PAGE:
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When you retire you'll need money to support you and enable you to have a decent standard of living.

Most people receive a State Pension but it's also a good idea to top this up if you can with your own pension, to make sure you'll have enough money to see you through your retirement. In this section, you can find out about the different ways you can save for your pension, how to get started and what to think about when you're getting near to retirement.

Whether you’re starting your first job, mid-way through your working life, approaching retirement or retired, the Pension Savings Timeline from the Money Advice Service will help you to understand the benefits of long-term pension saving. It also helps with how to actively manage your money to ensure you have enough to live on for life.

Planning for retirement

Financial journalist Paul Lewis explains how to make the most of planning for retirement.

Whether you're thinking about saving into a pension for the first time or making decisions for your retirement, the Money Advice Service provides useful information and tools to help you make the most of your money. It offers guidance on the following:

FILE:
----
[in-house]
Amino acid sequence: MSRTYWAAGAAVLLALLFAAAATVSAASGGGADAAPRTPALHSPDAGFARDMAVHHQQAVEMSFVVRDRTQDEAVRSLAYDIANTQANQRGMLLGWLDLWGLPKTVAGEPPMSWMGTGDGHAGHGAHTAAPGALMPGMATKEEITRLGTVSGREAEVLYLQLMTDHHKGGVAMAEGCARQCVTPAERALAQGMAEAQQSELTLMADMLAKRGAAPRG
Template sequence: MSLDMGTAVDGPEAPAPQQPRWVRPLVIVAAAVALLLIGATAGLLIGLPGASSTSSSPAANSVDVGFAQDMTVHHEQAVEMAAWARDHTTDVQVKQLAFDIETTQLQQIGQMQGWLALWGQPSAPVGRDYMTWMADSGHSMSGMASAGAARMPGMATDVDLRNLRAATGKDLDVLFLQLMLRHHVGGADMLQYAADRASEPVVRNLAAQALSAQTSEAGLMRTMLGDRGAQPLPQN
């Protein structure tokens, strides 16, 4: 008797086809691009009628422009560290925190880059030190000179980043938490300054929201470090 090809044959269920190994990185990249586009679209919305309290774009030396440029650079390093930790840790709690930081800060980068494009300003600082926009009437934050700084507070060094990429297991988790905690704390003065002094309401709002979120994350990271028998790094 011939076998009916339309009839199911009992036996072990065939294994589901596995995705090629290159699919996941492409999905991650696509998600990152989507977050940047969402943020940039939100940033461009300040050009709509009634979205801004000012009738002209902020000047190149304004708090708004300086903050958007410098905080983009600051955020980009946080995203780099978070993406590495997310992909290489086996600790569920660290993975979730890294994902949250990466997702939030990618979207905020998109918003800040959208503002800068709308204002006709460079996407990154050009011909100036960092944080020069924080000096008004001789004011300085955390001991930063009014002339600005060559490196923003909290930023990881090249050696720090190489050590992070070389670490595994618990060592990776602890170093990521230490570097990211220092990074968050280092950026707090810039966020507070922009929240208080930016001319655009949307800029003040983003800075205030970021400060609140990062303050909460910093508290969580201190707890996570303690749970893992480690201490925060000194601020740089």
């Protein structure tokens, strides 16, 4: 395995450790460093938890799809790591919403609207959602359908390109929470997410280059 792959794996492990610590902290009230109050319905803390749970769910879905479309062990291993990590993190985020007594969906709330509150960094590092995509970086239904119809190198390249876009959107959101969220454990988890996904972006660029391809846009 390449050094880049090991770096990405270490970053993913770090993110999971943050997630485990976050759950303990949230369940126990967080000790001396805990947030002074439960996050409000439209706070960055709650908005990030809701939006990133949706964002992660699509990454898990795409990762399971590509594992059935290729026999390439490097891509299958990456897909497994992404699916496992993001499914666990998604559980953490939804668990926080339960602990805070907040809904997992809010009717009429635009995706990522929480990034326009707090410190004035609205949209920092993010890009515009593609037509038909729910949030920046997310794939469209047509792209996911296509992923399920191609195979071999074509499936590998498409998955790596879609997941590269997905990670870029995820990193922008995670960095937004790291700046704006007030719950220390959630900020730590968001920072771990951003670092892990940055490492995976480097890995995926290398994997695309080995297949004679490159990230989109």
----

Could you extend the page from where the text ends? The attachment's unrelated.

1. Discover the benefits of saving for retirement
  2. Understand different types of pensions
  3. Learn about your choices for retirement
  4. Get help with later life matters
  5. Find out what support and advice is available

Saving for retirement

Find out more about the importance of retirement savings and why you should save into a pension.

  1. Pension information: guide to the basic facts 
  2. Why save into a pension?
  3. Pension calculator
  4. How to check for and deal with a gap in your pension savings
  5. Pension investment options overviews
  6. Check the progress of your pension and retirement savings
  7. Review and make the most of your pensions
  8. Trace lost pensions and request pension forecasts
  9. Ways to boost your pension in the run-up to retirement
  10. Dealing with pension problems and making a complaint

Preparing for retirement checklist

Around two years before you want to stop working is a good time to start thinking about your retirement options and the choices you’ll need to make. Consider getting financial advice because these are decisions that can shape your income for the rest of your life. The Money Advice Service has put together a handy 'Checklist of things to do as retirement approaches' to help you. The checklist covers the following: